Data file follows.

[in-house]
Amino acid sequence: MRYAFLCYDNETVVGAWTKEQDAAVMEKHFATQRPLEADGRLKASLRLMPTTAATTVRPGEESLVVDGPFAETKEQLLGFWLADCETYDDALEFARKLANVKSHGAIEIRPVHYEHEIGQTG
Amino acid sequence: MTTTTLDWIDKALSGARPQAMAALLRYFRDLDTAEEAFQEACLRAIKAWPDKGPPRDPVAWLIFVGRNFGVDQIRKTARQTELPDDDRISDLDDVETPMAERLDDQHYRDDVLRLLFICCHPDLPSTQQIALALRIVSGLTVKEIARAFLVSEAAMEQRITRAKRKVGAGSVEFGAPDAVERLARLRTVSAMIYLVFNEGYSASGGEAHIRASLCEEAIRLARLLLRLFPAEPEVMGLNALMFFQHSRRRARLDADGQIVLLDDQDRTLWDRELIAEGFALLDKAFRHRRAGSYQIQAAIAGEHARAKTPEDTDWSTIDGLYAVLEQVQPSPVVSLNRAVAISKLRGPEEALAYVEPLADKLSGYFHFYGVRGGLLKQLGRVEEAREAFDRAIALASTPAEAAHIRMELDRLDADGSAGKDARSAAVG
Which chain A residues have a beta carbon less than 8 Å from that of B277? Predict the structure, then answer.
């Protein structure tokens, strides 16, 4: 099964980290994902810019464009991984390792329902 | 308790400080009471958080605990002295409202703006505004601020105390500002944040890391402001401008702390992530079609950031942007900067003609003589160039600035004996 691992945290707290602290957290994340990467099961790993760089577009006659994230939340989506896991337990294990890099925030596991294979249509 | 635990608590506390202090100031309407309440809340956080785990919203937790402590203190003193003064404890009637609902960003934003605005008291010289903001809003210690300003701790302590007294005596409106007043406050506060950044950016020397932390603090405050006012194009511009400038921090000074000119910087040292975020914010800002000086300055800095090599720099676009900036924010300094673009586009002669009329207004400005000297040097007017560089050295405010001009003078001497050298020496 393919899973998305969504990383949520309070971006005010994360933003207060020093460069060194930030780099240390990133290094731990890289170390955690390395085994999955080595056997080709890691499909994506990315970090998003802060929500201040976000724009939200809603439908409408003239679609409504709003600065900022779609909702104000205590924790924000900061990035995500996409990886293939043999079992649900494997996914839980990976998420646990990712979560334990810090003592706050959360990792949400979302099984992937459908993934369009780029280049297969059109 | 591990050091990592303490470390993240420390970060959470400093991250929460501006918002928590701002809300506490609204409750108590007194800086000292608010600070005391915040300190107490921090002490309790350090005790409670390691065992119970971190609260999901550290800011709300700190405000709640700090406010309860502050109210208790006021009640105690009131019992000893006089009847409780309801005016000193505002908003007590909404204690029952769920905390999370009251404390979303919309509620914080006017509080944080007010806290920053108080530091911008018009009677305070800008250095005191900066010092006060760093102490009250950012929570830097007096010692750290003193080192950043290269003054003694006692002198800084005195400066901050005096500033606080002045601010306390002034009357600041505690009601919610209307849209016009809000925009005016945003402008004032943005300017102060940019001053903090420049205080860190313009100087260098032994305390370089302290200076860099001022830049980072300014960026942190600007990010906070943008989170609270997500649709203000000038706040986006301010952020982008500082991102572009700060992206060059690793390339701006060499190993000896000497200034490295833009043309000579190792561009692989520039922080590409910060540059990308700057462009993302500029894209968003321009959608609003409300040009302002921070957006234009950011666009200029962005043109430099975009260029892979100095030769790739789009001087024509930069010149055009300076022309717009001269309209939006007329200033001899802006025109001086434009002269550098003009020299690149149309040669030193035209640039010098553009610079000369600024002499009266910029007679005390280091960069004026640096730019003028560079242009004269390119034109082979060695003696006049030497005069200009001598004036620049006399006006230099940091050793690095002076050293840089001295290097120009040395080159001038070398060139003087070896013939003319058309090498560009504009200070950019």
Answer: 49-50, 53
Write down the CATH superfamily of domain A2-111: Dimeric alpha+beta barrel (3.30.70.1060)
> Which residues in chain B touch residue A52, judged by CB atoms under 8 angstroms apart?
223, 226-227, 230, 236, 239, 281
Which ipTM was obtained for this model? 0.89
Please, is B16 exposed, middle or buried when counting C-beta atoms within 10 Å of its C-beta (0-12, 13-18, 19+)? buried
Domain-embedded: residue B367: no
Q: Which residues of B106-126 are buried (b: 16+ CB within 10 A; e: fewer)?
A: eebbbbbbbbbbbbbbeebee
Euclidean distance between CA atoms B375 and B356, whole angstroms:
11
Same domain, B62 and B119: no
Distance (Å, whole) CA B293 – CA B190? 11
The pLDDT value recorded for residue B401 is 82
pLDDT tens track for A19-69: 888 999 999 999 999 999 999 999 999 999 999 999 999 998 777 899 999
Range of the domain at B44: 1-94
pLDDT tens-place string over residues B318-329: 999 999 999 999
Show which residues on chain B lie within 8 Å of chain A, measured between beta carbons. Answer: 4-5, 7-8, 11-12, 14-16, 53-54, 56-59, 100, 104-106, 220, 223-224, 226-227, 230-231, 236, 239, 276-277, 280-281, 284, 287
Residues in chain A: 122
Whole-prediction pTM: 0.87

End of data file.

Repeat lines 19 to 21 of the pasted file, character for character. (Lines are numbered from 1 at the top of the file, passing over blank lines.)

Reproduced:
The pLDDT value recorded for residue B401 is 82
pLDDT tens track for A19-69: 888 999 999 999 999 999 999 999 999 999 999 999 999 998 777 899 999
Range of the domain at B44: 1-94